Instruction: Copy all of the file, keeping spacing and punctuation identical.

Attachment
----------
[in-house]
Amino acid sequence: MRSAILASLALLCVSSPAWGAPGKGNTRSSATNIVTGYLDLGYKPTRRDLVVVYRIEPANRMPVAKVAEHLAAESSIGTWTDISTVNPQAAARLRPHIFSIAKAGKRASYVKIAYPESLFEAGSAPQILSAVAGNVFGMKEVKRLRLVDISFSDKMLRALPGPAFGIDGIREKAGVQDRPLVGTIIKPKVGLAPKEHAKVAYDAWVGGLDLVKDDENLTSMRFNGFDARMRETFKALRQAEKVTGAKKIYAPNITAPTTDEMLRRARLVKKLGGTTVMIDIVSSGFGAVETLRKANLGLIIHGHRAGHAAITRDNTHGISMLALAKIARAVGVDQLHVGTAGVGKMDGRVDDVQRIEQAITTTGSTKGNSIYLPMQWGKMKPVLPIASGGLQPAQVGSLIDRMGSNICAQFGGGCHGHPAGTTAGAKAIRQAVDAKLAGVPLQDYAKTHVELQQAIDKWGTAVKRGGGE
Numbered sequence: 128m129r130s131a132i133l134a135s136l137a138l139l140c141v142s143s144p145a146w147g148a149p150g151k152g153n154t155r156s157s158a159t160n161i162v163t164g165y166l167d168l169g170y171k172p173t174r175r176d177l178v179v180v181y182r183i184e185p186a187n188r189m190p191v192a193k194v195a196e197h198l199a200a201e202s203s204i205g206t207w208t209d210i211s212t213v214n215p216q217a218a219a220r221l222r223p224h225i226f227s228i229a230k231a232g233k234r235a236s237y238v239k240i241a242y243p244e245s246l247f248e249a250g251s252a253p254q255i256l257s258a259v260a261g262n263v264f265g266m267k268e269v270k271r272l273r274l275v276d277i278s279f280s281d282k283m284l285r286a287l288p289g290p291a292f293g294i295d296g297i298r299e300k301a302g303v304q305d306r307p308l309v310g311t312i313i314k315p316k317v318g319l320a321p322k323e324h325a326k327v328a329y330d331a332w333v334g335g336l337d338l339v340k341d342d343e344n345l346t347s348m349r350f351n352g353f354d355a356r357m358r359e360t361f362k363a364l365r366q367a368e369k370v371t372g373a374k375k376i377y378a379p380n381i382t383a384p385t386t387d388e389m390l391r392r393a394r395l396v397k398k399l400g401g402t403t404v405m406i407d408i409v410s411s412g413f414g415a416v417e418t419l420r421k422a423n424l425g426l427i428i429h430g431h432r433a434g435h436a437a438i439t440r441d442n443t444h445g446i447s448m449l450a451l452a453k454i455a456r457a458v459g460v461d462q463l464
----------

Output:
[in-house]
Amino acid sequence: MRSAILASLALLCVSSPAWGAPGKGNTRSSATNIVTGYLDLGYKPTRRDLVVVYRIEPANRMPVAKVAEHLAAESSIGTWTDISTVNPQAAARLRPHIFSIAKAGKRASYVKIAYPESLFEAGSAPQILSAVAGNVFGMKEVKRLRLVDISFSDKMLRALPGPAFGIDGIREKAGVQDRPLVGTIIKPKVGLAPKEHAKVAYDAWVGGLDLVKDDENLTSMRFNGFDARMRETFKALRQAEKVTGAKKIYAPNITAPTTDEMLRRARLVKKLGGTTVMIDIVSSGFGAVETLRKANLGLIIHGHRAGHAAITRDNTHGISMLALAKIARAVGVDQLHVGTAGVGKMDGRVDDVQRIEQAITTTGSTKGNSIYLPMQWGKMKPVLPIASGGLQPAQVGSLIDRMGSNICAQFGGGCHGHPAGTTAGAKAIRQAVDAKLAGVPLQDYAKTHVELQQAIDKWGTAVKRGGGE
Numbered sequence: 128m129r130s131a132i133l134a135s136l137a138l139l140c141v142s143s144p145a146w147g148a149p150g151k152g153n154t155r156s157s158a159t160n161i162v163t164g165y166l167d168l169g170y171k172p173t174r175r176d177l178v179v180v181y182r183i184e185p186a187n188r189m190p191v192a193k194v195a196e197h198l199a200a201e202s203s204i205g206t207w208t209d210i211s212t213v214n215p216q217a218a219a220r221l222r223p224h225i226f227s228i229a230k231a232g233k234r235a236s237y238v239k240i241a242y243p244e245s246l247f248e249a250g251s252a253p254q255i256l257s258a259v260a261g262n263v264f265g266m267k268e269v270k271r272l273r274l275v276d277i278s279f280s281d282k283m284l285r286a287l288p289g290p291a292f293g294i295d296g297i298r299e300k301a302g303v304q305d306r307p308l309v310g311t312i313i314k315p316k317v318g319l320a321p322k323e324h325a326k327v328a329y330d331a332w333v334g335g336l337d338l339v340k341d342d343e344n345l346t347s348m349r350f351n352g353f354d355a356r357m358r359e360t361f362k363a364l365r366q367a368e369k370v371t372g373a374k375k376i377y378a379p380n381i382t383a384p385t386t387d388e389m390l391r392r393a394r395l396v397k398k399l400g401g402t403t404v405m406i407d408i409v410s411s412g413f414g415a416v417e418t419l420r421k422a423n424l425g426l427i428i429h430g431h432r433a434g435h436a437a438i439t440r441d442n443t444h445g446i447s448m449l450a451l452a453k454i455a456r457a458v459g460v461d462q463l464